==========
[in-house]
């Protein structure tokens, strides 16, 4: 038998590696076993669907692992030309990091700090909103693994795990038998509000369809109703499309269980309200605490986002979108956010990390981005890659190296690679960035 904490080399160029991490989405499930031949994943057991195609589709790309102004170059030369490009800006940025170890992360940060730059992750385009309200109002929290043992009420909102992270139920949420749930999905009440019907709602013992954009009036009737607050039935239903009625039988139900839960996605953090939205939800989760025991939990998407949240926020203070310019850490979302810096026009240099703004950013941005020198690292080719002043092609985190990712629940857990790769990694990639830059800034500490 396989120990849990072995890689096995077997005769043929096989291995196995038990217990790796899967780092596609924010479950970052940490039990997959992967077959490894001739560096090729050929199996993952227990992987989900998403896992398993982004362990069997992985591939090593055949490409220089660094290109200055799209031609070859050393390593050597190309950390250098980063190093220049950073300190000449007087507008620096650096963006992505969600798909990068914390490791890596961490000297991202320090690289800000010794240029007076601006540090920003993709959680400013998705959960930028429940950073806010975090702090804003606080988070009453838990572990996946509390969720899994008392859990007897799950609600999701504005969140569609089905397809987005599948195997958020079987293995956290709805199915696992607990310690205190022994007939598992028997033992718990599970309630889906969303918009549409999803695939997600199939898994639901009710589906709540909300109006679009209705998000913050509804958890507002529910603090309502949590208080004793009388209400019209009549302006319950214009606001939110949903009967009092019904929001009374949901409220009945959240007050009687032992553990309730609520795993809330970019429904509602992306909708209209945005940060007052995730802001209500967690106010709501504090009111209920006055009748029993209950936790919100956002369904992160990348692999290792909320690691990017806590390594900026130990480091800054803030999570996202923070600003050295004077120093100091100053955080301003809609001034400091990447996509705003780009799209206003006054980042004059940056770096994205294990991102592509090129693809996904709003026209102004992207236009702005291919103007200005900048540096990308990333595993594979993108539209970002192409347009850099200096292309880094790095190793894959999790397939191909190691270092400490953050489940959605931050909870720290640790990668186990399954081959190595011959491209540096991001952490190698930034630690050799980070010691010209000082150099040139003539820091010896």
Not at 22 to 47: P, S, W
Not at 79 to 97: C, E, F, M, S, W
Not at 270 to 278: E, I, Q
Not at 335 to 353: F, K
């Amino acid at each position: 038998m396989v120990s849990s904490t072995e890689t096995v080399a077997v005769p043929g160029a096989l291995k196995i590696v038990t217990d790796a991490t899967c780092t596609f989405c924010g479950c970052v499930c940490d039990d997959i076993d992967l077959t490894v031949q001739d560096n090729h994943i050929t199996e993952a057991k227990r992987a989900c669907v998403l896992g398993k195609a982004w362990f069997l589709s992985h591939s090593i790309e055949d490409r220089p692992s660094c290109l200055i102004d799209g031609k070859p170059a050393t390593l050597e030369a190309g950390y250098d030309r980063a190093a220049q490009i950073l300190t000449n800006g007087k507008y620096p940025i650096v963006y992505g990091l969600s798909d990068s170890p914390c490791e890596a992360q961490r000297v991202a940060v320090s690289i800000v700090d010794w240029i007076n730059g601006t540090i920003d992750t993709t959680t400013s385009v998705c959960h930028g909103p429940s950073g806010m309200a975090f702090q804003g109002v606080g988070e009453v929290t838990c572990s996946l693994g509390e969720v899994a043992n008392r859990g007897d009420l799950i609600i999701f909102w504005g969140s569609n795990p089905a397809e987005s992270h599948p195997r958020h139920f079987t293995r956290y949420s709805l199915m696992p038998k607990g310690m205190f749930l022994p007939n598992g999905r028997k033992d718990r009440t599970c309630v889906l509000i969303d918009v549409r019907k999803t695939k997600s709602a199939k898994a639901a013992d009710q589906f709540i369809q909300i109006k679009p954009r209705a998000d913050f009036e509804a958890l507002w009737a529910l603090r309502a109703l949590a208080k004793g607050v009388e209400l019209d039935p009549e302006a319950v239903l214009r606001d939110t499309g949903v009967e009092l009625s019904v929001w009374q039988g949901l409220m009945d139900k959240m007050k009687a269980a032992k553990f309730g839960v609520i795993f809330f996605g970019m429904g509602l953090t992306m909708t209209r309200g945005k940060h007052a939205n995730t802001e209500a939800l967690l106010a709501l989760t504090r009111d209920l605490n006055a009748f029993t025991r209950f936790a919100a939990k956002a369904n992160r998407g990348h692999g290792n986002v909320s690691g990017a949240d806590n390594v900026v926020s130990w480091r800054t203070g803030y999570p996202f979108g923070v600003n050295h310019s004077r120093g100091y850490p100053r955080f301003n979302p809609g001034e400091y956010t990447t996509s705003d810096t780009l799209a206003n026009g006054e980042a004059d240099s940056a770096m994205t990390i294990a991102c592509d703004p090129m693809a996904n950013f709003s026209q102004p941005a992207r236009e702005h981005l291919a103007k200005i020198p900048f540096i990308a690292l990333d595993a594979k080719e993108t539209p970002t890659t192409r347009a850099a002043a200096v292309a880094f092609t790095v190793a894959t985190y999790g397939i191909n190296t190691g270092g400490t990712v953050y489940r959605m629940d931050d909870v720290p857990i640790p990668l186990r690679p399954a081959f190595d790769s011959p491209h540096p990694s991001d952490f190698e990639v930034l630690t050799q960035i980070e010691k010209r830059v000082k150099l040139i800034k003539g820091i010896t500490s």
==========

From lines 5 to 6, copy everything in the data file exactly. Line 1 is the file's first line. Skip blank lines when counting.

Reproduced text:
Not at 270 to 278: E, I, Q
Not at 335 to 353: F, K